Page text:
In Rebecca’s Shadow: Female Identity in Daphne du Maurier’s Rebecca (1938) Thumbnail

In Rebecca’s Shadow: Female Identity in Daphne du Maurier’s Rebecca (1938)

Posted by Pam Sherman on June 02, 2017 in Blog, Pamela Sherman tagged with , , , ,

Ellen Moers first coined the term "Female Gothic" to simply refer to Gothic texts written by women. Since then, the field of Female Gothic has expanded to include issues relating to women in these texts, including anxieties surrounding identity and entrapment. Patricia Murphy makes a distinction between Female Gothic of eighteenth and nineteenth century novels, and what she calls New Woman Gothic. She argues that, in earlier texts, "the period preceding marriage typically is fraught with Gothic difficulties such as entrapment whereas, in the latter texts, marriage itself becomes the horrif

All hail Final Girls! Review of The Monster (2016, Bertino) Thumbnail

All hail Final Girls! Review of The Monster (2016, Bertino)

Posted by Tanja Jurković on May 26, 2017 in Reviews, Tanja Jurkovic tagged with

  Usually when I need some sort of inspiration, I find a list of movies and randomly choose one based on the movie’s cover. I am using that somewhat overrated approach: if the cover looks good then it must be good! Of course, that is not always the case. Nevertheless, in the case of The Monster (2016, Bertino), it was. It was good. And quite enjoyable.  The film starts with a story of a divorced young mother (Zoe Kezino) and her preadolescent daughter (Ella Ballentine), who seems to have all the bad luck in her young life. She is not a child, she is forced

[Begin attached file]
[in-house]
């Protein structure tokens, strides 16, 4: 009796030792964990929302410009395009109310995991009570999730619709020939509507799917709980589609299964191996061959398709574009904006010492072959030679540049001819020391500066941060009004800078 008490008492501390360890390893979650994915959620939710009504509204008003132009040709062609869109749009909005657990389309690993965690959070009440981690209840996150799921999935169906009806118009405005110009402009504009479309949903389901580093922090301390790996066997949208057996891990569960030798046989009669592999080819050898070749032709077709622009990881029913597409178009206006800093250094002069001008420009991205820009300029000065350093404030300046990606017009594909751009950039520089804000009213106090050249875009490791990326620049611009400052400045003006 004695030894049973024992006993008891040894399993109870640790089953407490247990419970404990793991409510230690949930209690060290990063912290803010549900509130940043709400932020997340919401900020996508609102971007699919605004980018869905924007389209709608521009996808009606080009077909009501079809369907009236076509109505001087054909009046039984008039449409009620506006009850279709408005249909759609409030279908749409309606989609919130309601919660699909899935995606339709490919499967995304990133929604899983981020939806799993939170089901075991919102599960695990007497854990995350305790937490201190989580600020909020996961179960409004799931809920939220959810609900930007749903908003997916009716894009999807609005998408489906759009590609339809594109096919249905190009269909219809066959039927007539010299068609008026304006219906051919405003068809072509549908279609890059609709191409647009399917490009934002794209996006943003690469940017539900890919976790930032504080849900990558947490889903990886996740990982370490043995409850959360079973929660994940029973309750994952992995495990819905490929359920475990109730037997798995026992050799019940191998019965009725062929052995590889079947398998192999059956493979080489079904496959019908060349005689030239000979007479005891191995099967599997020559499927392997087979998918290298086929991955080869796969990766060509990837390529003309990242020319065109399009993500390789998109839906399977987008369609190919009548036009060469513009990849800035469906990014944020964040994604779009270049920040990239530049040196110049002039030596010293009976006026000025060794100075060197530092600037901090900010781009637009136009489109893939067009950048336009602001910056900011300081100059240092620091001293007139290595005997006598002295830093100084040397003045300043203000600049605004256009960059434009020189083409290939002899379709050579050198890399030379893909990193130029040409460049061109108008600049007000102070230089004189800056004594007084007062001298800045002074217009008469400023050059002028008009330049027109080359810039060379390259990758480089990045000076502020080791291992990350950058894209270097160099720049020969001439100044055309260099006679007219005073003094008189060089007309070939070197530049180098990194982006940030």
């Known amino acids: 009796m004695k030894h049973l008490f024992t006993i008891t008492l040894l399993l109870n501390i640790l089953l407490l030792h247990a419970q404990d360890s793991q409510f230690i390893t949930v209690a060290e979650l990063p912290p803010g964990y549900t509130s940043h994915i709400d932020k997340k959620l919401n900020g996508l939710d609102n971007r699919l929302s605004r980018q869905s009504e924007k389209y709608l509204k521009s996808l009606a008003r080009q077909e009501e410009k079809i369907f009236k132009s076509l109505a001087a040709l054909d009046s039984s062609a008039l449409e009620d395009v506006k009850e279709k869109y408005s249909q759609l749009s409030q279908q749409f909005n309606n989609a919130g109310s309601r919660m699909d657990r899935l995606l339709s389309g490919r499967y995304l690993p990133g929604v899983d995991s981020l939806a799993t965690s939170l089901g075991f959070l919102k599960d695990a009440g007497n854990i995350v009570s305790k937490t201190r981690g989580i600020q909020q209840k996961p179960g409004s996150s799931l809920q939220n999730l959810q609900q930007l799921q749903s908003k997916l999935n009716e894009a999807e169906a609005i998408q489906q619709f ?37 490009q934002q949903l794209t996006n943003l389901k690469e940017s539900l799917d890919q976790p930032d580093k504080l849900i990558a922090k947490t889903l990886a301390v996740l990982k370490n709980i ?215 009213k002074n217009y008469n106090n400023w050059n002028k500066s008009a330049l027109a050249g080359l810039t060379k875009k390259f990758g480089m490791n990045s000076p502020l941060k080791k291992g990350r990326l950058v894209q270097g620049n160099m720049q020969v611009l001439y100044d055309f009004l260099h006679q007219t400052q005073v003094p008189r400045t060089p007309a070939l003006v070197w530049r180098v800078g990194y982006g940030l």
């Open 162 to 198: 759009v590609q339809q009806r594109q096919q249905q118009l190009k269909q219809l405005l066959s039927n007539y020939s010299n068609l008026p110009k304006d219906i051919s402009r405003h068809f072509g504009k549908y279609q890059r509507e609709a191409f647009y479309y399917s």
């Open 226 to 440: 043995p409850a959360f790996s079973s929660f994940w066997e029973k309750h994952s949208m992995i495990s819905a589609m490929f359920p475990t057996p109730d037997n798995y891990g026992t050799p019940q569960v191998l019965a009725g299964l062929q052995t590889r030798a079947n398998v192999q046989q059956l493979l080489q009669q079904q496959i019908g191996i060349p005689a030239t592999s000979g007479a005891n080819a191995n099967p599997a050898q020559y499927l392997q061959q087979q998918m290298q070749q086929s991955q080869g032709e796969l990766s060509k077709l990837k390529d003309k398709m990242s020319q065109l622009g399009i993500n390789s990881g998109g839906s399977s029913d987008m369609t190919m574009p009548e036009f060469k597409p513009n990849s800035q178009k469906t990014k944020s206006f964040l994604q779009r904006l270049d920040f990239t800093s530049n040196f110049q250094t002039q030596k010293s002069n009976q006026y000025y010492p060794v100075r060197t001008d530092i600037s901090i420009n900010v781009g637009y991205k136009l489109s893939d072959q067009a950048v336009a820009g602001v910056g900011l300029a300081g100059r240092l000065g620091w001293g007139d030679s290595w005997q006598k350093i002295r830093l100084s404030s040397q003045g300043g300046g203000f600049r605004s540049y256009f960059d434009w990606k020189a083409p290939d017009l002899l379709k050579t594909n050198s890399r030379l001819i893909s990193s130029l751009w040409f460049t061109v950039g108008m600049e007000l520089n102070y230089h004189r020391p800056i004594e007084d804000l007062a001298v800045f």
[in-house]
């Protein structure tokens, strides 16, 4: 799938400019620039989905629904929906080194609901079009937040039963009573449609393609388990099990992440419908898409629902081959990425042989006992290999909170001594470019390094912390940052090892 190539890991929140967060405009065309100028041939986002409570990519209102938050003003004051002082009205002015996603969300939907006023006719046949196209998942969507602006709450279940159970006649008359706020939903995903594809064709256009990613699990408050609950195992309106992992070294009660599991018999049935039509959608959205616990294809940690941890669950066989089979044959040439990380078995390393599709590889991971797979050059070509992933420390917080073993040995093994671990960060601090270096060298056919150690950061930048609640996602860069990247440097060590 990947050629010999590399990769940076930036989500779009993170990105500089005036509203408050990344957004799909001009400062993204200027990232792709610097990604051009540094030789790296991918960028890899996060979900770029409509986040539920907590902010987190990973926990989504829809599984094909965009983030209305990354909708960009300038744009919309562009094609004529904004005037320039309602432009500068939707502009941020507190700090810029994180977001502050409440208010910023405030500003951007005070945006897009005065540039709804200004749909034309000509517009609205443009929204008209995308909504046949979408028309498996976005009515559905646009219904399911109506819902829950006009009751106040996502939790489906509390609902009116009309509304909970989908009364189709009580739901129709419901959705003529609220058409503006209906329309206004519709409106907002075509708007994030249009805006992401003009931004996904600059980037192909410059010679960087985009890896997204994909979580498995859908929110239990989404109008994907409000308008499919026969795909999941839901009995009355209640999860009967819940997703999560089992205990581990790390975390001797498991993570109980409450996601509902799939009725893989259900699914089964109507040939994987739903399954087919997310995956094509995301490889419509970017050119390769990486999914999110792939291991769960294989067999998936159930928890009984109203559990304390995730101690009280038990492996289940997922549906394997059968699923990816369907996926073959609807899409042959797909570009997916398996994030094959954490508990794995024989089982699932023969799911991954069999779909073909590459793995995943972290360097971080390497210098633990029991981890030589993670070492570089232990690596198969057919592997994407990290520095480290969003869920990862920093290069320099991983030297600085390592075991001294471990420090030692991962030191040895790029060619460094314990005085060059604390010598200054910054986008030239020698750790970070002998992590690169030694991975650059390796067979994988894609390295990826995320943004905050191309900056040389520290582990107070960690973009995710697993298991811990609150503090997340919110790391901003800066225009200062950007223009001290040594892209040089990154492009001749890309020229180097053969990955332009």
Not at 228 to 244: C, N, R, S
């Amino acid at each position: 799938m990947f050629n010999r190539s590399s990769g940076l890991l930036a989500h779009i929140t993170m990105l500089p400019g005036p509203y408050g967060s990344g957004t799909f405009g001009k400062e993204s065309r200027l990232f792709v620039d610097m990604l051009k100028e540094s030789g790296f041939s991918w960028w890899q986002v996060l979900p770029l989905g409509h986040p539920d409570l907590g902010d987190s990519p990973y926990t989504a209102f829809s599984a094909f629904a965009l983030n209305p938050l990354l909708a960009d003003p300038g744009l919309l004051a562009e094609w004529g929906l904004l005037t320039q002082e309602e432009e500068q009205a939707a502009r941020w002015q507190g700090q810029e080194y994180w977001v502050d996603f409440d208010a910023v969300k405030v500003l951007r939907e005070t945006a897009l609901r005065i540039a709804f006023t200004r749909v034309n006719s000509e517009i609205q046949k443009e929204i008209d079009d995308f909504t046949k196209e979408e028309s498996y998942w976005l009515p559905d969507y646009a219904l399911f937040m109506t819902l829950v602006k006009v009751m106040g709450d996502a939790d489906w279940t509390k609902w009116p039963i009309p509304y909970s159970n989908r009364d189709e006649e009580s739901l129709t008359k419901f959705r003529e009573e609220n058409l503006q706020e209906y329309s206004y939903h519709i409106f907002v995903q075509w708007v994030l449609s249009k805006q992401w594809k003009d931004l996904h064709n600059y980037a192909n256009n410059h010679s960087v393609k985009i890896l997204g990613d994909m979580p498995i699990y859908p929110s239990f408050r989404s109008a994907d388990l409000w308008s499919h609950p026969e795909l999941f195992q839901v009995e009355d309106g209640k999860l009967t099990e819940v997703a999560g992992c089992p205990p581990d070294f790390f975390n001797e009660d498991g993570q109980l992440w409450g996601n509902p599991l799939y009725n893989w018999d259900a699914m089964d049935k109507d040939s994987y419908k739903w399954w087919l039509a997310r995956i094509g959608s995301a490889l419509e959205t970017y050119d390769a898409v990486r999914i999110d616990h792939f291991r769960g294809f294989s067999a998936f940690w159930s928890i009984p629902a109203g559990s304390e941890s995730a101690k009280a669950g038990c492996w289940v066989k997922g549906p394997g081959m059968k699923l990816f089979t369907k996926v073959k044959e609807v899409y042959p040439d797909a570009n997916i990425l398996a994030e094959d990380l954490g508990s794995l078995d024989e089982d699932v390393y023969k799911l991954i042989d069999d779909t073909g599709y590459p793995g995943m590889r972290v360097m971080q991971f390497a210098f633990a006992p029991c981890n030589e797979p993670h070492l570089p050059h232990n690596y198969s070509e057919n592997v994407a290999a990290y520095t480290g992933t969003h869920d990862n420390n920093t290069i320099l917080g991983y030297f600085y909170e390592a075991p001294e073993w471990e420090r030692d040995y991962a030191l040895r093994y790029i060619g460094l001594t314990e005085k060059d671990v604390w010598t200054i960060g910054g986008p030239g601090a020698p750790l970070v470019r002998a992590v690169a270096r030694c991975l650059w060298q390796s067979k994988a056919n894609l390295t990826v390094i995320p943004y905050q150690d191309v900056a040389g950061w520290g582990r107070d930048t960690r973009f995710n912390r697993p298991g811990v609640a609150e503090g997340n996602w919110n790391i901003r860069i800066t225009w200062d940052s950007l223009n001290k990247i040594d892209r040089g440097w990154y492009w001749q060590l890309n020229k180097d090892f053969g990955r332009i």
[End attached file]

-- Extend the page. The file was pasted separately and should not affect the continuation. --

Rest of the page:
Fantasy, Fairy Tales and the (Non) Human – Seminar Thumbnail

Fantasy, Fairy Tales and the (Non) Human – Seminar

Posted by Timothy Jones on May 19, 2017 in Uncategorized tagged with , ,

There's a really interesting looking seminar being organised by the University of Edinburgh's School of Literatures, Languages and Cultures, which could be of interest  - Fantasy, Fairy Tales and the (Non) Human 28th June 2017 2.00-5.00 50 George Square 2.03 Keynote: John Plotz (Brandeis University) ‘World Without Us: The Problem of the Nonhuman in fin-de-siècle Fantasy’ With: Sarah Dunnigan (University of Edinburgh) 'Transfigurations: Hogg and the Spiritualised Fairy Tale' Rebecca Langworthy (University of Aberdeen) ‘The Tales at the Heart of the Tale: Scottish S

Marvin Macy: The Strong Man of Grotesque Power and Heteronormativity Thumbnail

Marvin Macy: The Strong Man of Grotesque Power and Heteronormativity

Posted by Rachel Carden on May 19, 2017 in Blog, Rachel Carden tagged with , , , , ,

In my previous blog, I established Miss Amelia’s café as a place of inclusive community, linked to Mikhail Bakhtin’s conceptualisation of carnivals and their connection to freak shows. I highlighted that the space engendered a sense of community where its occupants’ grotesque physicality and their subversive genders were accepted. This post explores the grotesque power of patriarchy using Foucauldian theory and its resistance to the collapse of dichotomous gender and sexuality binaries in Carson McCullers’ The Ballad of the Sad Café (1951). Justin Edwards and Rune Graulund, i

Review: Contemporary Spanish Gothic Thumbnail

Review: Contemporary Spanish Gothic

Posted by Timothy Jones on May 16, 2017 in Uncategorized tagged with

Contemporary Spanish Gothic: A Review Davies, Ann. Contemporary Spanish Gothic. Edinburgh: Edinburgh University Press, 2016. Reviewed by Rocío Rødtjer   In the article ‘Madrid Has Died’, the author laments that: Madrid has died, like Vienna, Saint Petersburg, Lisbon and Constantinople. There are no longer populations, but one population built or modified according to the layout of Paris and distributed throughout the globe in copies of different sizes Were it not for the disappearance of Constantinople, such an archetypical elegy on the homogenising effects of urba

A Strong Man, a Hermaphrodite and a Hunchbacked Dwarf Walk into a Café: Carnival and Community in McCullers’ The Ballad of the Sad Café (1951) Thumbnail